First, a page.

Doctor Edmond Locard was a forensic scientist, popularly regarded as the “Sherlock Holmes of France”. Born in Saint-Chamond on November 13, 1877, Locard studied medicine in Lyon. His interests ultimately branched to include science and medicine in legal matters. He began his professional career by assisting Alexandre Lacassagne, a criminologist and professor. Locard eventually partnered with anthropologist Alphonse Bertillon, who was known for his system of identifying criminals based on their body measurements. During World War I Locard worked with the French Secret Service as a medical examiner. He identified the cause and location of soldiers’ deaths by analyzing their uniforms. In 1910 the Lyon Police Department granted Locard the opportunity to create the first crime investigation laboratory where he could analyze evidence from crime scenes in a previously unused attic space. Over his lifetime, Locard wrote many publications, the most famous being his seven-volume series, Traité de Criminalistique (Treaty of Criminalistics).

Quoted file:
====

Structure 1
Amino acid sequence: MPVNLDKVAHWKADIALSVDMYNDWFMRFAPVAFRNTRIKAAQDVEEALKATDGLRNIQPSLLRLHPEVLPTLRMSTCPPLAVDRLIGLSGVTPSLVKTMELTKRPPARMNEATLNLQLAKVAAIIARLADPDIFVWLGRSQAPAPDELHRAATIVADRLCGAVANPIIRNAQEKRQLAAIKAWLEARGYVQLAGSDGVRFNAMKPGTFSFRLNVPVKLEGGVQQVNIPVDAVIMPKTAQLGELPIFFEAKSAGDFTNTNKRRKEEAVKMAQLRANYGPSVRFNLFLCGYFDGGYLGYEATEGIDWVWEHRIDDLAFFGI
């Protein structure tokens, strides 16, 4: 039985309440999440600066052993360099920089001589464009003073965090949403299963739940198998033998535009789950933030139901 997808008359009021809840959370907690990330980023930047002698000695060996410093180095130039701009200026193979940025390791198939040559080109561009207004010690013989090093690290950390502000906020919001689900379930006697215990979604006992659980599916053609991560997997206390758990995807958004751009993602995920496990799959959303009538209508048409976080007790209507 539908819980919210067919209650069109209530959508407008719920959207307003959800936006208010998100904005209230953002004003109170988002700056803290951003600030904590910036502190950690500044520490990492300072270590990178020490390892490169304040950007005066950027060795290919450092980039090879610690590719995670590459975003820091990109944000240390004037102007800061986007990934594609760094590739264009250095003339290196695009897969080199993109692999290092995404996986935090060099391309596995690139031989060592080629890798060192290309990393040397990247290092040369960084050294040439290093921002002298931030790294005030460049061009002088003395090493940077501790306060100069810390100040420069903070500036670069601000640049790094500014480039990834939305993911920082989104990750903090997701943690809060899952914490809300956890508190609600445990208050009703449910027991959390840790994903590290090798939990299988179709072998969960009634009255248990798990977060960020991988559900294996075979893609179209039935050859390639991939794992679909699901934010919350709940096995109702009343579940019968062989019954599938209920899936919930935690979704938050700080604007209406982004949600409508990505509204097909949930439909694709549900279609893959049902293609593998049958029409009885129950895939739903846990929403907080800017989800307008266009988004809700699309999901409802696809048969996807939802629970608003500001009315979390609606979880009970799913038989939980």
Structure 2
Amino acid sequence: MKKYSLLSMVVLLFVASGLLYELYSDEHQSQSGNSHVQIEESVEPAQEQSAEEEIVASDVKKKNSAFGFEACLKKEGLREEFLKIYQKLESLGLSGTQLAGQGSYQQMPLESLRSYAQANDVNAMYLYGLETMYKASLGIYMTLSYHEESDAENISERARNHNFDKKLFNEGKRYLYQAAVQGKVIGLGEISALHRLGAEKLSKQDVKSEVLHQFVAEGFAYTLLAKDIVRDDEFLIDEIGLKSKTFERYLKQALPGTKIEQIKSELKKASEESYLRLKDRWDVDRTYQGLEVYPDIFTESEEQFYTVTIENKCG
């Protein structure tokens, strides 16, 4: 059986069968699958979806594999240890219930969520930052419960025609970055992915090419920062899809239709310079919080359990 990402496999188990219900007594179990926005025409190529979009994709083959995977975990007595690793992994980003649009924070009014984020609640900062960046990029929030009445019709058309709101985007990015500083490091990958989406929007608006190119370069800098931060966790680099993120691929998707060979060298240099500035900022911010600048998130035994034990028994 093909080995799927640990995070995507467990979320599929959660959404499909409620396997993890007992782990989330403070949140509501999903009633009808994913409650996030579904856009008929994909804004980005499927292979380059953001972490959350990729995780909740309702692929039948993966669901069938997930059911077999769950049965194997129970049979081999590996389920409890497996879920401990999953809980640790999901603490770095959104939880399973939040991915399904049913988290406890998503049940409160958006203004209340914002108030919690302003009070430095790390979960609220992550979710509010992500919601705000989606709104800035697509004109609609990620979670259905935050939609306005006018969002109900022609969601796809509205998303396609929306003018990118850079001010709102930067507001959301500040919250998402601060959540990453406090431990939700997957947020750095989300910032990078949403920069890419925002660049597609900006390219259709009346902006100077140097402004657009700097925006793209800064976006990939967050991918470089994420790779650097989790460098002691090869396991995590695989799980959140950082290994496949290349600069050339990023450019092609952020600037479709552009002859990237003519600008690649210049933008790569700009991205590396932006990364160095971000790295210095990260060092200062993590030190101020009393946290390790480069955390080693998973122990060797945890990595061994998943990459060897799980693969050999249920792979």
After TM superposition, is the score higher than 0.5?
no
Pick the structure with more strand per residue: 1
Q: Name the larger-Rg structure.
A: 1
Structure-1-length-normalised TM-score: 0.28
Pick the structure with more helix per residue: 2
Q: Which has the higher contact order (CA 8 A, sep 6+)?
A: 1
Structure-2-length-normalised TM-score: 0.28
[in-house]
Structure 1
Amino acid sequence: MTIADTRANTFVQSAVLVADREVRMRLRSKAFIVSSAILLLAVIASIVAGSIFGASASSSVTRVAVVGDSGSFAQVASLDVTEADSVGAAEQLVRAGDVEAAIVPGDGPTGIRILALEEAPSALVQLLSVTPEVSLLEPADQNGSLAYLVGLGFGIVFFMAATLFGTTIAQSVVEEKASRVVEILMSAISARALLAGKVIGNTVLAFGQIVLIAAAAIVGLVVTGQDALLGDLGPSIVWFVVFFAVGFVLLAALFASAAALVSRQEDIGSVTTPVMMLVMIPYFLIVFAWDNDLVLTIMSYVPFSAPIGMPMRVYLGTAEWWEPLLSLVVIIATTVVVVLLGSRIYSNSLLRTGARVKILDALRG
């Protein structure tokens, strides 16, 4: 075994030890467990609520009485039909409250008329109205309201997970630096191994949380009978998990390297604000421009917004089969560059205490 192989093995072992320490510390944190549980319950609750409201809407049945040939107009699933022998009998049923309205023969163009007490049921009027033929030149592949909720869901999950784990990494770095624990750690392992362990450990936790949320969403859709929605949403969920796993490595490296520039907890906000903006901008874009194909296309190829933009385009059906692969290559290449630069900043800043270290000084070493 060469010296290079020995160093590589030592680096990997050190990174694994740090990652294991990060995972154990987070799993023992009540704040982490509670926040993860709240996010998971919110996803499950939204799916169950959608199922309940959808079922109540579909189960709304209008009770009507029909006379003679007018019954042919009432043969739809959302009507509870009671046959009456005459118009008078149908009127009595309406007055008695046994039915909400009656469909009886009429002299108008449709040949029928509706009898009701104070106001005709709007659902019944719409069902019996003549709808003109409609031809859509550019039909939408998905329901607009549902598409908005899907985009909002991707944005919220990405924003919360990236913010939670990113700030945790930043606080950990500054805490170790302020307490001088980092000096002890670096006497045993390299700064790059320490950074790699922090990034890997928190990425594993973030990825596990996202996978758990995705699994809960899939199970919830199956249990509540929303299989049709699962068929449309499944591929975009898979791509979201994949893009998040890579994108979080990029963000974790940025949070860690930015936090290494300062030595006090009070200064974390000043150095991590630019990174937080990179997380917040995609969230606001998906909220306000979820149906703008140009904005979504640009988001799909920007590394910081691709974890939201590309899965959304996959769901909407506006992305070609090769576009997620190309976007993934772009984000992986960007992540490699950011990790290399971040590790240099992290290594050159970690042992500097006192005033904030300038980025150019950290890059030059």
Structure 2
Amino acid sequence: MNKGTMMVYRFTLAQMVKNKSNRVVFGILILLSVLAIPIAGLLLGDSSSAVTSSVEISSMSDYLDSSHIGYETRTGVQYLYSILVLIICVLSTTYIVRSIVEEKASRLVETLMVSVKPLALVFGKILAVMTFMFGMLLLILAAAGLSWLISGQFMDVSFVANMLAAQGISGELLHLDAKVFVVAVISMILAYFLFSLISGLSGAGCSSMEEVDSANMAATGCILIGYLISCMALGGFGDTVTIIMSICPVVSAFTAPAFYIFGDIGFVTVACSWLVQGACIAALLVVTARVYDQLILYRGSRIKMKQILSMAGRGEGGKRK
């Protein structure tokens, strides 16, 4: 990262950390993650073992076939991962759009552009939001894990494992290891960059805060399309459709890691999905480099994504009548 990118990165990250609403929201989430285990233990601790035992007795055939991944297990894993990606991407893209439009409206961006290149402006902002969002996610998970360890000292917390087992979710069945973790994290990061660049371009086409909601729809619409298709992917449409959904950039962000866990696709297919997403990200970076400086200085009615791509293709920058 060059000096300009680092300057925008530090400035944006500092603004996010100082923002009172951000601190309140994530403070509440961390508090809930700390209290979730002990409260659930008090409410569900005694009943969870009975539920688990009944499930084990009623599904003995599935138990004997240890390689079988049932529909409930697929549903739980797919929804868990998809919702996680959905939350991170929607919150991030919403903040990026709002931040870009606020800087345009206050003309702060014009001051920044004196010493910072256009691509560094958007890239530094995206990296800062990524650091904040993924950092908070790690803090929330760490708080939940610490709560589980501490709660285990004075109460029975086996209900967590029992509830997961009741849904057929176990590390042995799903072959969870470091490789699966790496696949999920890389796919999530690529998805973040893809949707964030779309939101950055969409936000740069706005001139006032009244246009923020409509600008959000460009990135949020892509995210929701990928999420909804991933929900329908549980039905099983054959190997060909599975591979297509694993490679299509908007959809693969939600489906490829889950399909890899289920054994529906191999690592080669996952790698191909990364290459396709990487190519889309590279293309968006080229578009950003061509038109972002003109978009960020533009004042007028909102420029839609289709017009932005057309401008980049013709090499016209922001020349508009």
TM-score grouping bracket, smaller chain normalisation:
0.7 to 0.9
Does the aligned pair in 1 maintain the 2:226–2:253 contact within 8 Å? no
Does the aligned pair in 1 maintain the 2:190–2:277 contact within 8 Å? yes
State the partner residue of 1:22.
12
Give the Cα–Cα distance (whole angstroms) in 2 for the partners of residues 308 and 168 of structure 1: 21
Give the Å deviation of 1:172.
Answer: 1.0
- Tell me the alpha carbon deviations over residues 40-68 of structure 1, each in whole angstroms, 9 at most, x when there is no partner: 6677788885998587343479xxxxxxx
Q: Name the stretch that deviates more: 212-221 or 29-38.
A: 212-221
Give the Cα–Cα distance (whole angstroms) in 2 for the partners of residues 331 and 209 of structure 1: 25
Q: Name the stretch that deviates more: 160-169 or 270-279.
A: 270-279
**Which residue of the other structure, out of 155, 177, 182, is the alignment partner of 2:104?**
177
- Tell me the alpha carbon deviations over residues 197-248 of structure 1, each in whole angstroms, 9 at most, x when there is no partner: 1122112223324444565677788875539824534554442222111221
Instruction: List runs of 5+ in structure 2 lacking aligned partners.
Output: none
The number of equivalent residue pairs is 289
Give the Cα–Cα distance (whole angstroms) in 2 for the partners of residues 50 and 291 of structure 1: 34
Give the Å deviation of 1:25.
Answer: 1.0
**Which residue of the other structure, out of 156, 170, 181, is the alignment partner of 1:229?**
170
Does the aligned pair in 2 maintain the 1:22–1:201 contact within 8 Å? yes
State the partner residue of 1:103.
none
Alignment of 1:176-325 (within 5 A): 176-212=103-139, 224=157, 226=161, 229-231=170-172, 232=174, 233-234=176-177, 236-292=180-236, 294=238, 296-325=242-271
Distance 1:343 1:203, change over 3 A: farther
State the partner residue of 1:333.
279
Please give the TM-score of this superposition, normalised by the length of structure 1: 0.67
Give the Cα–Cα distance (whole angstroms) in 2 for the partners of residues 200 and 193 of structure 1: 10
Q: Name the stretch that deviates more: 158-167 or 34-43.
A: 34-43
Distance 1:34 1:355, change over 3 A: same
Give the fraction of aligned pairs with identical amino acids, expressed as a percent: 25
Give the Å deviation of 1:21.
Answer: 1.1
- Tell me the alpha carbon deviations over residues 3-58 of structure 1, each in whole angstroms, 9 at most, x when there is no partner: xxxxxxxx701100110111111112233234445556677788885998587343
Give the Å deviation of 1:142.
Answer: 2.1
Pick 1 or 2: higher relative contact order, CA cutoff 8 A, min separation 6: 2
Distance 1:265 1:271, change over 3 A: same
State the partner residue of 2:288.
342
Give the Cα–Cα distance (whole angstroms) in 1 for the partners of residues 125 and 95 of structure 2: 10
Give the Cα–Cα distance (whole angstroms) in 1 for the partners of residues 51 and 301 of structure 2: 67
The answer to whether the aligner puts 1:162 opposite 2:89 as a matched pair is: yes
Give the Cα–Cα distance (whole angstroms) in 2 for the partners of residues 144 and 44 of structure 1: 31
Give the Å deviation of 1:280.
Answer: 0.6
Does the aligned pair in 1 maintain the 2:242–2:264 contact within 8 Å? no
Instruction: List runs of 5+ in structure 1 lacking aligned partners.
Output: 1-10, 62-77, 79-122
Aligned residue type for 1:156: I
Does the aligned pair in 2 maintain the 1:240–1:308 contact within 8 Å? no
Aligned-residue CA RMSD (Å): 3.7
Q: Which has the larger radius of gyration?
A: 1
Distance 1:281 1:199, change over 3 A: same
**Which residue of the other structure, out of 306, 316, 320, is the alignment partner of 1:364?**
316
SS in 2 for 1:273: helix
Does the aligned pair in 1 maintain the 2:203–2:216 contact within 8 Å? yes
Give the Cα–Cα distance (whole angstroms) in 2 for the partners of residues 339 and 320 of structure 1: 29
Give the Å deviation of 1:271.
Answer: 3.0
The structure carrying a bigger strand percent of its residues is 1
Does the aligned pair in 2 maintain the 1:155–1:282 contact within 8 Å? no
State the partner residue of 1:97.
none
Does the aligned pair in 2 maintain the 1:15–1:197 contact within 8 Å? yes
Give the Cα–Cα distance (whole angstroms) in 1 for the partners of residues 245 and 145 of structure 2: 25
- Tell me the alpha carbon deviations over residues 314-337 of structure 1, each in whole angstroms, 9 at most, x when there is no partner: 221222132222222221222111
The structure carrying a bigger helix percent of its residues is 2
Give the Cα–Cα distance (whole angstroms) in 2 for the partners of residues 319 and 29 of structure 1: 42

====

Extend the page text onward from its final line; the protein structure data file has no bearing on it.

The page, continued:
Locard is considered a pioneer of forensic science and criminology. He developed multiple methods of forensic analysis that are still in use. He contributed considerable research into dactylography, or the study of fingerprints. Locard believed that if twelve points of comparison could be found between two fingerprints then that would be enough for a positive identification. This was adopted as a preferred means of identification over Bertillon’s method of anthropometry.
Locard’s most famous contribution to forensic science is known today as “Locard’s Exchange Principle”. According to Locard, “it is impossible for a criminal to act, especially considering the intensity of a crime, without leaving traces of this presence”. This means that when an individual commits a crime they leave a trace of themselves at the scene while simultaneously taking something from the scene when they leave. Modern forensic science classifies this phenomenon as trace evidence.
Locard continued to research forensic science techniques until his death on May 4, 1966.
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